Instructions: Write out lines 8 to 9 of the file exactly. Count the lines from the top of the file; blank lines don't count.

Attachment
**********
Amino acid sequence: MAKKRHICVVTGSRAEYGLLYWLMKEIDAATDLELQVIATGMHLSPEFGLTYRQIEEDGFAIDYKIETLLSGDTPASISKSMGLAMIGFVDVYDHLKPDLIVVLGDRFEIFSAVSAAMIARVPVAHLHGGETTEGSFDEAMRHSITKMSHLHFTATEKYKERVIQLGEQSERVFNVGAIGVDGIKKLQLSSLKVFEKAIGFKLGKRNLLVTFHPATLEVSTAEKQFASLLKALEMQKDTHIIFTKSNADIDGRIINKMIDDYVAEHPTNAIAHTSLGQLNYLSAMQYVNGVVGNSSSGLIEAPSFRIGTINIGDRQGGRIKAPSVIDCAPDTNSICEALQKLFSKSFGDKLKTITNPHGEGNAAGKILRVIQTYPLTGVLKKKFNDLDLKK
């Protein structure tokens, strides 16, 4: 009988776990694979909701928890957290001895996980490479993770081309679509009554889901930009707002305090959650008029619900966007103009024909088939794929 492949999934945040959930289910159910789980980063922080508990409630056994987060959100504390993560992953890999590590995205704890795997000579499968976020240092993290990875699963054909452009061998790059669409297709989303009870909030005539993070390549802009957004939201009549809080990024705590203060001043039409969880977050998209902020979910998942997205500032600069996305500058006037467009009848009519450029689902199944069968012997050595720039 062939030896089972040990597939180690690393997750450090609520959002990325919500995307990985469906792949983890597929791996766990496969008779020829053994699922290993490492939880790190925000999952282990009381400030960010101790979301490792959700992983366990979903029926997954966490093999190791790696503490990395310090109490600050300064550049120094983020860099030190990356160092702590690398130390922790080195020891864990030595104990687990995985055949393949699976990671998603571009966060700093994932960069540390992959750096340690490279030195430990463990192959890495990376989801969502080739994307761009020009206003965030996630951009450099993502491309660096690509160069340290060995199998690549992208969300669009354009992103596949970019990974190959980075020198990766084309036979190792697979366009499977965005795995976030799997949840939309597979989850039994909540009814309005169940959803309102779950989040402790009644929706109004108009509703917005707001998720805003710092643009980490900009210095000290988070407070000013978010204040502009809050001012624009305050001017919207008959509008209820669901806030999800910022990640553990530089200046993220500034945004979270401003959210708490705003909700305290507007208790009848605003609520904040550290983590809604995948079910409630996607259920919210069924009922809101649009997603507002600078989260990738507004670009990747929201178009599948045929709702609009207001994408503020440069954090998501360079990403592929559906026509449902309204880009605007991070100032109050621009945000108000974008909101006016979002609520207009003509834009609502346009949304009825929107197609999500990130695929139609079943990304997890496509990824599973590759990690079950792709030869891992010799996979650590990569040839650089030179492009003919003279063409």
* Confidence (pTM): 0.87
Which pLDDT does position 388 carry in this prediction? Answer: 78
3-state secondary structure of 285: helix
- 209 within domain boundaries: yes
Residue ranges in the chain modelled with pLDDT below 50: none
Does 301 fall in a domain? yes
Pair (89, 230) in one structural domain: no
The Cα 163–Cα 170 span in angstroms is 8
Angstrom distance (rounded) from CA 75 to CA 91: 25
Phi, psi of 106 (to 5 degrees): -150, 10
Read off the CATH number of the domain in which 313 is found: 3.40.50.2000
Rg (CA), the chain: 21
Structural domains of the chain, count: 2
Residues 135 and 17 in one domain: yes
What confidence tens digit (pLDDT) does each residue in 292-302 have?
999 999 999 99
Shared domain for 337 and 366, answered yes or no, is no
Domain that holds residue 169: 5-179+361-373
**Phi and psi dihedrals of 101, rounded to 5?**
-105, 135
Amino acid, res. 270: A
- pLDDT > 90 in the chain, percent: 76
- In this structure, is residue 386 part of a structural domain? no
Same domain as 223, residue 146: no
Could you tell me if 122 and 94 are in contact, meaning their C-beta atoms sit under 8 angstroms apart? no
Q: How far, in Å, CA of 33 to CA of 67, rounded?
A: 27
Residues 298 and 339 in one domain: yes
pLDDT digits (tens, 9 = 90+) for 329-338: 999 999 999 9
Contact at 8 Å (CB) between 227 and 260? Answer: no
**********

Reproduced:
Does 301 fall in a domain? yes
Pair (89, 230) in one structural domain: no